“These days, you need to tailor your message and the delivery of your message to your intended audience,” says Michael White, senior vice president of information technology infrastructure at Akron’s InfoCision Management Corp.
Different folks simply prefer to interact via different media. To help business marketers reach these various audiences, Smart Business asked White to explain how today’s multimedia campaigns work.
Why doesn’t a simple, one-shot message to a customer work anymore?
Not everyone can be reached or will respond the same way. Some prefer to have a piece of paper in their hand, some prefer a voice conversation and to be able to ask questions and hold a dialogue, while others may opt for a more self-service approach of going to a Web site or using an IVR (interactive voice response) application.
What does a multimedia campaign entail?
Multimedia campaigns provide multiple ways for a customer to interact with your organization. They start with a well-planned marketing idea or call to action. Once that has been determined, you should evaluate the demographic of the intended audience to determine two things.
- What is the best method to get your message to them?
- What are the easiest and most likely methods to allow them to respond to you?
Multimedia campaigns are simply a means to provide multiple ways for a customer to interact with your organization.
What are the types of multimedia one can deploy?
There are many ways to reach an intended audience. The first is the basic phone call with a live communicator, either inbound (from the customer to the business) or outbound (from the business to the customer). Others include e-mail, live chat, IVR, fax, Web collaboration, video, traditional mailings and automated messages.
You’ve mentioned fax, IVR, Web collaboration and Web chat. Where does each work?
The use of specific types of media varies, based on intended audience. For example, we’ve found that when trying to contact business people there is typically a receptionist or administrative assistant screening and directing phone calls.
Likewise, targeted rich e-mail campaigns allow us to instantly reach large numbers of people inexpensively. They also allow for almost immediate feedback because the recipient can simply hit reply.
A phone call with a live communicator is typically used to get one-on-one contact with an organization, to introduce a new concept, to explain complicated offers, or to up-sell or cross-sell an individual.
IVR campaigns can be effective in handling large numbers of callers who have a very specific reason for calling, like for free or promotional offers, to check order status, surveys and American-Idol-style voting.
Web collaboration and chat allow a customer to go to a Web site to get assistance. Via chat, a Web site, forms or a presentation, Web collaboration offers many options to facilitate the need for immediate assistance when someone is surfing a Web site.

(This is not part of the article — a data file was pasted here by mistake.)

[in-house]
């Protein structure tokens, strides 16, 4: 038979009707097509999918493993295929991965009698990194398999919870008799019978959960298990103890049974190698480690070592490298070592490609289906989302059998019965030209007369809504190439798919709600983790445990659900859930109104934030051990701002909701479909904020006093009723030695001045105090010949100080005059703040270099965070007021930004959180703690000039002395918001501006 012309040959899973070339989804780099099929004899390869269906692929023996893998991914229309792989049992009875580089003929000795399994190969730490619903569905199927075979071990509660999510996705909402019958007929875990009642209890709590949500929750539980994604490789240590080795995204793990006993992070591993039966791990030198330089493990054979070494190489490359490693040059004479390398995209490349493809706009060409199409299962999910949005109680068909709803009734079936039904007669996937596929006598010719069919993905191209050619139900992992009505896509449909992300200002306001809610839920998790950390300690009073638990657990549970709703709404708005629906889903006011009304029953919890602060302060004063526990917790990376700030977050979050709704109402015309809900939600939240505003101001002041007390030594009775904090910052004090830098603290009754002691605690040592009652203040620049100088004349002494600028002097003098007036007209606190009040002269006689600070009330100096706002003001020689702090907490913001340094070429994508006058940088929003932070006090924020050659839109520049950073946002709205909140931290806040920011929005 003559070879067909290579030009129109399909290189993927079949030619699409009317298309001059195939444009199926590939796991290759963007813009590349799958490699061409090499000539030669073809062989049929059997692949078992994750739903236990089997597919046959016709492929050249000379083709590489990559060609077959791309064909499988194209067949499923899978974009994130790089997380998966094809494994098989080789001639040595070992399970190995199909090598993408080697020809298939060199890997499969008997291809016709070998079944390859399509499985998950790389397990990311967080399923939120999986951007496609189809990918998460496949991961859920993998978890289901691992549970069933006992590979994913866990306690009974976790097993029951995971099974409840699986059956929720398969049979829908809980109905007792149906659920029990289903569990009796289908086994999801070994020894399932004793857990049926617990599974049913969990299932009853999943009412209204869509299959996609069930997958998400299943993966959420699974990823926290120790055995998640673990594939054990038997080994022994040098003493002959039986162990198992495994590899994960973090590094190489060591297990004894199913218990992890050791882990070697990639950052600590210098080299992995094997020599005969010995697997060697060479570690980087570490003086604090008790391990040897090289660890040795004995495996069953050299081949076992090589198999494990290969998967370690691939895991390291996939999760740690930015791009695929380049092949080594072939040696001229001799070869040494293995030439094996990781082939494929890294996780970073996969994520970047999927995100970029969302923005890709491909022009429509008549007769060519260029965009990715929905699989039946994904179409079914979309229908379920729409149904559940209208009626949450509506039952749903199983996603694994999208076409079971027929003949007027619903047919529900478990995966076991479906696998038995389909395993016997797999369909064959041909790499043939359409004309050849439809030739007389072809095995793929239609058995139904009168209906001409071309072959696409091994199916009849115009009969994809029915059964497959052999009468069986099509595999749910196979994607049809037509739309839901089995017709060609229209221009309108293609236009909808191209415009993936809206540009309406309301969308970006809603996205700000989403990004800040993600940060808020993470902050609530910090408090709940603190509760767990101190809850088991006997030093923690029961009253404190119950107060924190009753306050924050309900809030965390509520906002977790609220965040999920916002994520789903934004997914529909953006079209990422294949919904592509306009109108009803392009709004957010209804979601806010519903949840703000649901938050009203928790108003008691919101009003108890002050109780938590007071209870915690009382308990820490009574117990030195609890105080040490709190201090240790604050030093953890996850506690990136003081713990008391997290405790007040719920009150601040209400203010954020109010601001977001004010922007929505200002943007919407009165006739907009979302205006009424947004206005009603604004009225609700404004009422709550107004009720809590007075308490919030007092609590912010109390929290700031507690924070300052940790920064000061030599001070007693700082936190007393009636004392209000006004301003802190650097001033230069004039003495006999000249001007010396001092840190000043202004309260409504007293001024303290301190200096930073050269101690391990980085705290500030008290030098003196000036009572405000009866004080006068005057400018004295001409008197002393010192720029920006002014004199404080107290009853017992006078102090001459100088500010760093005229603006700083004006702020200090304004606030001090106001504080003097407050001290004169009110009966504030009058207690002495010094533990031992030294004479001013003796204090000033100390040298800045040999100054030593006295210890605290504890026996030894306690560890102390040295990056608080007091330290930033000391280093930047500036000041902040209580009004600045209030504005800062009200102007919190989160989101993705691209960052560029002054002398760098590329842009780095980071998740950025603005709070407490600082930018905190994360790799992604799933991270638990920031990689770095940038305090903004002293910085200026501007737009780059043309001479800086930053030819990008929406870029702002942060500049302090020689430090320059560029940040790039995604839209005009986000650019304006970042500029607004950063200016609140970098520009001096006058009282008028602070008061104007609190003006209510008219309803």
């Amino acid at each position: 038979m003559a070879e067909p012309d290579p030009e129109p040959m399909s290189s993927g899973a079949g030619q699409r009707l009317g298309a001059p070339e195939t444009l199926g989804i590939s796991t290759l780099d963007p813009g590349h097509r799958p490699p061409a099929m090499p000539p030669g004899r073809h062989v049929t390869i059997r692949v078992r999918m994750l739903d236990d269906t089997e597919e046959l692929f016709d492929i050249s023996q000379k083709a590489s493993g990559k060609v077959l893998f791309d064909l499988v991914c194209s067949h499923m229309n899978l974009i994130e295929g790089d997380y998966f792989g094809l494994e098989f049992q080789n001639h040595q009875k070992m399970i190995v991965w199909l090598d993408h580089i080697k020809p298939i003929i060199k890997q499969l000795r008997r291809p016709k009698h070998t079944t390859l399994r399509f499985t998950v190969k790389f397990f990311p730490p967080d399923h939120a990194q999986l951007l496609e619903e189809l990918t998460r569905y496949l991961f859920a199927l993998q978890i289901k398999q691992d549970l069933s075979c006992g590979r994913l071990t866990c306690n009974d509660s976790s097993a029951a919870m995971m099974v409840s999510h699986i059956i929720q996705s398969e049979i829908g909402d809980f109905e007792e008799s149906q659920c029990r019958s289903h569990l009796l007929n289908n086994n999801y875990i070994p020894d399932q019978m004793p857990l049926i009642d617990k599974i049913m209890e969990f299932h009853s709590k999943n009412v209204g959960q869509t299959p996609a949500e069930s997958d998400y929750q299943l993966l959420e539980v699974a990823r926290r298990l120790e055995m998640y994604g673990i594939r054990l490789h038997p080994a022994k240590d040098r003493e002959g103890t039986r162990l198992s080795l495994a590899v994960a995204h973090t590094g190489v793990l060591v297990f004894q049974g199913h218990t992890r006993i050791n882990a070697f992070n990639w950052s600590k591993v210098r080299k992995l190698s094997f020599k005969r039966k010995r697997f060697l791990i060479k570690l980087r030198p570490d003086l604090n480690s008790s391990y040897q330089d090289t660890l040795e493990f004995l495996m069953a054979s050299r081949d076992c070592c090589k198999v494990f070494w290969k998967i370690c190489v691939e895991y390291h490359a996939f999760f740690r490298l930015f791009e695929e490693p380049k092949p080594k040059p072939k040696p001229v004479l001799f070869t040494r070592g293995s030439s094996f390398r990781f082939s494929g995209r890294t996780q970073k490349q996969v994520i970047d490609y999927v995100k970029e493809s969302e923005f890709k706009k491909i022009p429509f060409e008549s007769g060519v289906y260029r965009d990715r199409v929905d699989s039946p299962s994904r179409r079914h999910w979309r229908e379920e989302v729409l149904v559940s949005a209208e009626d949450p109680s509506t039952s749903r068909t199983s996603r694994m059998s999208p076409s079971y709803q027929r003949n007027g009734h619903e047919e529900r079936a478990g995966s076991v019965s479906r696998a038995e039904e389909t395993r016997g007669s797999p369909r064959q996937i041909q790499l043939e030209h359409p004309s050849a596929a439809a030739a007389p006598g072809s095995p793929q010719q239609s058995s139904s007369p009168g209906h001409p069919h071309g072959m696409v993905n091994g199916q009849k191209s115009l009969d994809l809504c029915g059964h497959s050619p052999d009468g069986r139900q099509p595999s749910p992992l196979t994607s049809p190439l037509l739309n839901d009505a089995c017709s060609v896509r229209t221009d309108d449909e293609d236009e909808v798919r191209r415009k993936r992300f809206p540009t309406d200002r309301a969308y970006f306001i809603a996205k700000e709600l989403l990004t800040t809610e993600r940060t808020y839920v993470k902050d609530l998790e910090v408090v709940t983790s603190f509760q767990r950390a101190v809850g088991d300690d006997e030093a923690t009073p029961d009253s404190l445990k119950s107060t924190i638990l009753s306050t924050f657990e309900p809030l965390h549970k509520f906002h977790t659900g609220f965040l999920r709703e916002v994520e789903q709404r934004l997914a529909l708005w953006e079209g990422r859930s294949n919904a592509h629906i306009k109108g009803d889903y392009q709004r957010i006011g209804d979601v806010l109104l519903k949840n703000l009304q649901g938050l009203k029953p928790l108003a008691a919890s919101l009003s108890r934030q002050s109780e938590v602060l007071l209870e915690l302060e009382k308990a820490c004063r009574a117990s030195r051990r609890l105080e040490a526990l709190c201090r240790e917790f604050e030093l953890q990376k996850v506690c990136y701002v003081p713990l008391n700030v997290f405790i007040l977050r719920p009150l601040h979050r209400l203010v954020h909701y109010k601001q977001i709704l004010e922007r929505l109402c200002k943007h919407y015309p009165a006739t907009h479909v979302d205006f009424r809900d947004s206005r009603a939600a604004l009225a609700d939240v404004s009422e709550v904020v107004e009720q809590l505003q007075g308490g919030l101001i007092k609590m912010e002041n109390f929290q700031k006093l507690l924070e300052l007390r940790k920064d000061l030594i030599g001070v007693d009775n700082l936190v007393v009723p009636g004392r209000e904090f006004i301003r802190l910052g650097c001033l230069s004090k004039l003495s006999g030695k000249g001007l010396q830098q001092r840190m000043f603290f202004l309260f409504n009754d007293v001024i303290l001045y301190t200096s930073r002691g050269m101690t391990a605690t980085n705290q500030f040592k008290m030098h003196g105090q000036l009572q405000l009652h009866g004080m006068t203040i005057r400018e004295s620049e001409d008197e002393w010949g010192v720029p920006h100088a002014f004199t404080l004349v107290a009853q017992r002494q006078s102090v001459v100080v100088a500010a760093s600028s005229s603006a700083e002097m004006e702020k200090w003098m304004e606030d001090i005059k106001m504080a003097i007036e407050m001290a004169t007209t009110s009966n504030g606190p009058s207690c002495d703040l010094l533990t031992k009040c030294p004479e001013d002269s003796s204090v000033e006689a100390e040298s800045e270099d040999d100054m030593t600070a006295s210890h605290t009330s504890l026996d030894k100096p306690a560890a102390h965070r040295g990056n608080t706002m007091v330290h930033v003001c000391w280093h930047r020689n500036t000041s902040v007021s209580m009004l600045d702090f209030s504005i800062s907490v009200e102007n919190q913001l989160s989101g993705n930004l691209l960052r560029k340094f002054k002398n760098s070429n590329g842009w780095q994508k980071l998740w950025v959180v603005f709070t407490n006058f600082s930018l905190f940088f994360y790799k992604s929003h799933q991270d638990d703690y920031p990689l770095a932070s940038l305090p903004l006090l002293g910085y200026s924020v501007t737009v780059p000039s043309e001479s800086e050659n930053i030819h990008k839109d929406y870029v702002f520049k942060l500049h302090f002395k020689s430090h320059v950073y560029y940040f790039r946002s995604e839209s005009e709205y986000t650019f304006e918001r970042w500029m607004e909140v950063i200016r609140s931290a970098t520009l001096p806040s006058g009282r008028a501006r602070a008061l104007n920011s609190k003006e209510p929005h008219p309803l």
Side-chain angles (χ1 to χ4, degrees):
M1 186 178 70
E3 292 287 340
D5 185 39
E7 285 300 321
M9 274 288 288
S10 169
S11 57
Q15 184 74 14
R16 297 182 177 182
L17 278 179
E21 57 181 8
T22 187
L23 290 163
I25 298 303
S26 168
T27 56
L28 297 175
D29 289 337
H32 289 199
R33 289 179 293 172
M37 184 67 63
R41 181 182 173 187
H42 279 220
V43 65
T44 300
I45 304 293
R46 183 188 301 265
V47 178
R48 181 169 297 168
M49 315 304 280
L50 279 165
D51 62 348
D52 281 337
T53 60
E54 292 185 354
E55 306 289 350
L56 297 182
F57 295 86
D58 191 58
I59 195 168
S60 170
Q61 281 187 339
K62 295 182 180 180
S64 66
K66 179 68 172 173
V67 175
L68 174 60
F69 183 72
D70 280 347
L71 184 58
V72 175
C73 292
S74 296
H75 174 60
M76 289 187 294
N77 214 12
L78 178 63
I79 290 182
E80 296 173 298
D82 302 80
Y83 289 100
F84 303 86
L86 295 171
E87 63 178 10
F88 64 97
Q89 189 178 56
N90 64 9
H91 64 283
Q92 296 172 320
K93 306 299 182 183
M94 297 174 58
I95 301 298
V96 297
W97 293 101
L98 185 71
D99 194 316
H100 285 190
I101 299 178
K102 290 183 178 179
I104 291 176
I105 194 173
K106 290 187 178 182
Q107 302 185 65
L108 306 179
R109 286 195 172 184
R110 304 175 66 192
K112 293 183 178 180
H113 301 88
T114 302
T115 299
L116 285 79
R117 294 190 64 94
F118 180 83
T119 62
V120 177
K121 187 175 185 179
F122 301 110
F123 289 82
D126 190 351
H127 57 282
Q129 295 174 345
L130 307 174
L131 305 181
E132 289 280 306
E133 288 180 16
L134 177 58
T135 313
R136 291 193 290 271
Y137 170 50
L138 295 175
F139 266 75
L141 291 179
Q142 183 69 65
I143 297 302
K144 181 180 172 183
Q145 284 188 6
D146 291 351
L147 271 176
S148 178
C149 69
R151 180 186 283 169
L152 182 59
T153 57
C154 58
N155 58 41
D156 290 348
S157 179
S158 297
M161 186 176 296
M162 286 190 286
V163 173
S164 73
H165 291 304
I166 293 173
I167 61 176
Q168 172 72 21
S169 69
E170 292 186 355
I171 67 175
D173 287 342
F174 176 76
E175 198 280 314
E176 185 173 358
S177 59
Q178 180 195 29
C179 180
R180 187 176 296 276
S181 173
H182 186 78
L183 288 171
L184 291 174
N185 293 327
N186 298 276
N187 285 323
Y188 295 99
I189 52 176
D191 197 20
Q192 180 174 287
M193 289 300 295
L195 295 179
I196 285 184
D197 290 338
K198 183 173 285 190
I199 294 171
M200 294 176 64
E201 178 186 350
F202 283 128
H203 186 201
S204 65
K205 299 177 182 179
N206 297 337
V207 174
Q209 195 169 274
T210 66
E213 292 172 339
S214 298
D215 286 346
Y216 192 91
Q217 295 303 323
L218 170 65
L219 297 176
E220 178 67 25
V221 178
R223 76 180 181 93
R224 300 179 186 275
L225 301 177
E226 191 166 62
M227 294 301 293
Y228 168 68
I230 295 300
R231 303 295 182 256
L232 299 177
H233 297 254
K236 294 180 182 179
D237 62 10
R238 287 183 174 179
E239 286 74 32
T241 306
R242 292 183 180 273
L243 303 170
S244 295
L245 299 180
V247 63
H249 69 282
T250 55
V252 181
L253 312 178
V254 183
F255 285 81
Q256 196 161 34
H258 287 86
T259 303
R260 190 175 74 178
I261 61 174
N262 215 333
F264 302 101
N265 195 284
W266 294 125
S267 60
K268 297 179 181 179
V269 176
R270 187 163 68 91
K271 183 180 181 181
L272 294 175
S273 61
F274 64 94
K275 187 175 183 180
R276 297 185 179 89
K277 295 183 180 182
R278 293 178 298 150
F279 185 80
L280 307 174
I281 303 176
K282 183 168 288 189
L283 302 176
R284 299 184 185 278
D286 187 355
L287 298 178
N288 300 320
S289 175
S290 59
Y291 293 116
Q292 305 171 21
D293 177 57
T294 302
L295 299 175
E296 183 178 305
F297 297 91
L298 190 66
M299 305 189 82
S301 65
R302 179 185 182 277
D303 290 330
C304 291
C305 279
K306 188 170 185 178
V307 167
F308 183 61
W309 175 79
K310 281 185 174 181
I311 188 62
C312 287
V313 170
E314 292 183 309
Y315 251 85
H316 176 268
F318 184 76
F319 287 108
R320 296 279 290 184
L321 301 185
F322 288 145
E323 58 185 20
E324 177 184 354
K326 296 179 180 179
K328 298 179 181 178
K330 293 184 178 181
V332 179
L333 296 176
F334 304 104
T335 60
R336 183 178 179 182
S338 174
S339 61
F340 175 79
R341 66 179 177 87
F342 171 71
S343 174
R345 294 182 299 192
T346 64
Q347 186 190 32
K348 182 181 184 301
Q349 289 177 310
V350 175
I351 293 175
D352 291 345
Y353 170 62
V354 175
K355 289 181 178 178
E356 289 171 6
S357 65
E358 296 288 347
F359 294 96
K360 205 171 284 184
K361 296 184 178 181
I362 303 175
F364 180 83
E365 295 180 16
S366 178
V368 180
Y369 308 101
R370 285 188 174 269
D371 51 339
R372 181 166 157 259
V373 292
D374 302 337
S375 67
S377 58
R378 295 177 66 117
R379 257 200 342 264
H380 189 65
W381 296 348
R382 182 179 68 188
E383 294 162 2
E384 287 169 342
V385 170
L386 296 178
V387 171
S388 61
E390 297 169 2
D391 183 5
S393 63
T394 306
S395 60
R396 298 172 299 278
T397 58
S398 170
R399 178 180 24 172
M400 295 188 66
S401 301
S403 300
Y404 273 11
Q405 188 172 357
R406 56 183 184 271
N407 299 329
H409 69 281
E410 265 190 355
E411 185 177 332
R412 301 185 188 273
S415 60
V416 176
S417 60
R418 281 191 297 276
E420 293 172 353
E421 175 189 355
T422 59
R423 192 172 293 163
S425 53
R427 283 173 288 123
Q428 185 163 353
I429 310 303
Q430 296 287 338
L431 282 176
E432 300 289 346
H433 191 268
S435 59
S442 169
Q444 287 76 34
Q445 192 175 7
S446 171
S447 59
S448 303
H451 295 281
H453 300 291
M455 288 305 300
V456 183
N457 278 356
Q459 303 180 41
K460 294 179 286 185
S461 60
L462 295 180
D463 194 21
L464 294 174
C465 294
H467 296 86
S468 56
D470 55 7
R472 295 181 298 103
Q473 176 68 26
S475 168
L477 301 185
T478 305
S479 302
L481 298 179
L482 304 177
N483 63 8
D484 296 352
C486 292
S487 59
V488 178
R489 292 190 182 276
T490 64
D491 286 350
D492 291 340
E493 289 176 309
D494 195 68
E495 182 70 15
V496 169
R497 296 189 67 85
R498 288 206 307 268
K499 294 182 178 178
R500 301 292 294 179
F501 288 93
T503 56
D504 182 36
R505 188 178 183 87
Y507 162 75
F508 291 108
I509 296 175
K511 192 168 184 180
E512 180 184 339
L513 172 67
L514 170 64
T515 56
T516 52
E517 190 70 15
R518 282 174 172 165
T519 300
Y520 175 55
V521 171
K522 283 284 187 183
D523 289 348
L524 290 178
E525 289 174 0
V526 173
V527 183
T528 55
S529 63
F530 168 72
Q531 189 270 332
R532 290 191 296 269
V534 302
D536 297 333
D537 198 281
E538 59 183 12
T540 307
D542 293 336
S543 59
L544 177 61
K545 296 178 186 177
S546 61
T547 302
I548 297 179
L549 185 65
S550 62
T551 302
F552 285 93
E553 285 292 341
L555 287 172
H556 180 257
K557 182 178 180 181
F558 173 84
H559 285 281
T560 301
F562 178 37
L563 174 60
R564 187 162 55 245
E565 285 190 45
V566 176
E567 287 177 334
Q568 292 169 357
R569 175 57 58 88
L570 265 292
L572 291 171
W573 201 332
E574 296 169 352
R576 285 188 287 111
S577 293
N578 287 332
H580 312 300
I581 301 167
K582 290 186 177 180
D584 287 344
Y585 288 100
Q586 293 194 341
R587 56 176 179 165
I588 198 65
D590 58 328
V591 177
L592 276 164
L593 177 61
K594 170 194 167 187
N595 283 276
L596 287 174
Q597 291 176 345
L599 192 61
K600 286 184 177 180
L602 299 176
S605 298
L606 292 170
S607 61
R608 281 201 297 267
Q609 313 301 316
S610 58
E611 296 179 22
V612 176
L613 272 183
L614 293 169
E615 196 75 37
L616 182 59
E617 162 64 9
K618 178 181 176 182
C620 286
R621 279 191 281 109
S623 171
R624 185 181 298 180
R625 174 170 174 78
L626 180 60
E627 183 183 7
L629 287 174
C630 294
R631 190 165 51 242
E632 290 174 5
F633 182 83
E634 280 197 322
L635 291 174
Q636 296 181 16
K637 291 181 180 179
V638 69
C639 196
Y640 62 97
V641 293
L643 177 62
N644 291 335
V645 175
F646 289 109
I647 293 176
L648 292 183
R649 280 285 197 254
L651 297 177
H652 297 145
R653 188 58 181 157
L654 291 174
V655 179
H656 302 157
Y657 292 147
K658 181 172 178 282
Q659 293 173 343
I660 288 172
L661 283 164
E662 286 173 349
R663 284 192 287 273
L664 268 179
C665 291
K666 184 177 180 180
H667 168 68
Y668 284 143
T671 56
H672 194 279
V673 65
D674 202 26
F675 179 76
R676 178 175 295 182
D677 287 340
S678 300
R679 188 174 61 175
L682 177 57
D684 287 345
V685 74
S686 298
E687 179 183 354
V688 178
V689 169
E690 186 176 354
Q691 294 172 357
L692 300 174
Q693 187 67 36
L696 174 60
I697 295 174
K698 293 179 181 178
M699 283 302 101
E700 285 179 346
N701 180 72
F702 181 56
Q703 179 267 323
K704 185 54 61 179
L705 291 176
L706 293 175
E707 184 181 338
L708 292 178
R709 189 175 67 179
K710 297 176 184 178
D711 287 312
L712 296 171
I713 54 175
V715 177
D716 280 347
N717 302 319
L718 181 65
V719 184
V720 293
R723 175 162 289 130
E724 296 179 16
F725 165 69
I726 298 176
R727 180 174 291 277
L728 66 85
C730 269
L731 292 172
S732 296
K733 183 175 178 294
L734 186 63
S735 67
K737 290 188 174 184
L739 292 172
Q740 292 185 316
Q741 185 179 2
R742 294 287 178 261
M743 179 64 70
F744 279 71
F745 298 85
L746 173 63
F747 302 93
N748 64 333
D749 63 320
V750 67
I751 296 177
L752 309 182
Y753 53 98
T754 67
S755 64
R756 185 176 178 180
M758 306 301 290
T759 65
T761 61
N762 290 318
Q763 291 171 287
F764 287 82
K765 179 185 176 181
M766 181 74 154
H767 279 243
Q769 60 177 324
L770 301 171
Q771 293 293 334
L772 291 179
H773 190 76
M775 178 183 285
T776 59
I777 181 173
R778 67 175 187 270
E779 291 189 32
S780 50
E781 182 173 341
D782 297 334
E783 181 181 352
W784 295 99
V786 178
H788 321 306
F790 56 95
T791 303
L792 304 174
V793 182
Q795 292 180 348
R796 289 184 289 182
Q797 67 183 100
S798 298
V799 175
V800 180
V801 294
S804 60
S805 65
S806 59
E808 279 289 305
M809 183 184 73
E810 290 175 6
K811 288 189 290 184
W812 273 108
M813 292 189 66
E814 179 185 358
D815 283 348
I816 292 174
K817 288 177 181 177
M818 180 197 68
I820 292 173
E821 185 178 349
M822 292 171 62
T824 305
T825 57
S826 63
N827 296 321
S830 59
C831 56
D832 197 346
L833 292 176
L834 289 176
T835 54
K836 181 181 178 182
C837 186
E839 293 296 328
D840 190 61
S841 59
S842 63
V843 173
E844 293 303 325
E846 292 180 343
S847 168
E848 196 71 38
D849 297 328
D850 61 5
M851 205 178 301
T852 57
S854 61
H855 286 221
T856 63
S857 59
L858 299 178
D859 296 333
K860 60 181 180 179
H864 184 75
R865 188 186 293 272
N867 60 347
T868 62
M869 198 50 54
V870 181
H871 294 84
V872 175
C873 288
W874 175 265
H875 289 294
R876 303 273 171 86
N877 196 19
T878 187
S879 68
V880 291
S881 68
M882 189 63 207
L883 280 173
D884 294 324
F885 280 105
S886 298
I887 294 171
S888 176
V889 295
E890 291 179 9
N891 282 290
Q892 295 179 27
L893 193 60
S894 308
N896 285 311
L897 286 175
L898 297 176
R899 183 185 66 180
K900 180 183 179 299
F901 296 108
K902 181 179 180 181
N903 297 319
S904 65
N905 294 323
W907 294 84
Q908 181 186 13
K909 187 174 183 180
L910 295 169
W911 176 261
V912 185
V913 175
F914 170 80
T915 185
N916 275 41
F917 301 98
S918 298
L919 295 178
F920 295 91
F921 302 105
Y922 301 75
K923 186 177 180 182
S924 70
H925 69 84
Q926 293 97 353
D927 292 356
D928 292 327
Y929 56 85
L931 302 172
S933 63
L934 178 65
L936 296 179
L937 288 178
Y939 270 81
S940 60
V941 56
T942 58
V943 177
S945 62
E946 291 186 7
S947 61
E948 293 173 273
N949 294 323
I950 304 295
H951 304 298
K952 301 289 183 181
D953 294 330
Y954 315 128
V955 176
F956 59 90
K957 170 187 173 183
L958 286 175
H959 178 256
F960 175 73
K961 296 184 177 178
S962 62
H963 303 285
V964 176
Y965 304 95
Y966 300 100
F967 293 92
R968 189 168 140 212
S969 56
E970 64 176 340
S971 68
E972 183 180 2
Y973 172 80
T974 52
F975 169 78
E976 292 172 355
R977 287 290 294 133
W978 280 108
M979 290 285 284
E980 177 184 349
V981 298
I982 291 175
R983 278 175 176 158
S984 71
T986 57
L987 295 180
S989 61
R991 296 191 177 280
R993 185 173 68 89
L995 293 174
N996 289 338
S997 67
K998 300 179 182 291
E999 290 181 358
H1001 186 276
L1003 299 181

How much setup time is required?
The additional training time required to handle a multimedia campaign consists of training communicators to use the interfaces for the chosen medium. Sometimes there is additional training on e-mail, chat, fax or Web interfaces. These training details should be covered during standard campaign training.
The setup of mailing, broadcast fax, automated messages and the other outbound forms of contact can typically happen in conjunction with the normal inbound or outbound program setup timeframe.
How good is the ROI (return on investment) from a multimedia campaign versus an ordinary one?
The most successful campaigns need to give the customer options to communicate in the method that’s most comfortable for them. Typically, for a few additional cents per transaction, other channels for communication can be added that can add several percentage points to the overall response rate of a traditional phone- or mail-only campaign.
Is there a particular demographic that responds better to multimedia than to a traditional campaign?
Business professionals, doctors and attorneys typically view and respond to faxes and e-mail depending on the content. We’ve found that regardless of the demographic e-mails or faxes can be used as informational updates or to provide more details on a phone conversation.
The younger generation is much more likely to choose self-service mediums such as IVR, chat or e-mail. The older generation may prefer traditional conversation with a live communicator.
MICHAEL WHITE is senior vice president of information technology infrastructure at InfoCision Management Corp., which is located in Akron, Ohio. A teleservices company, InfoCision offers marketing expertise in most industry fields. Reach White at (330) 670-1711 or email@example.com.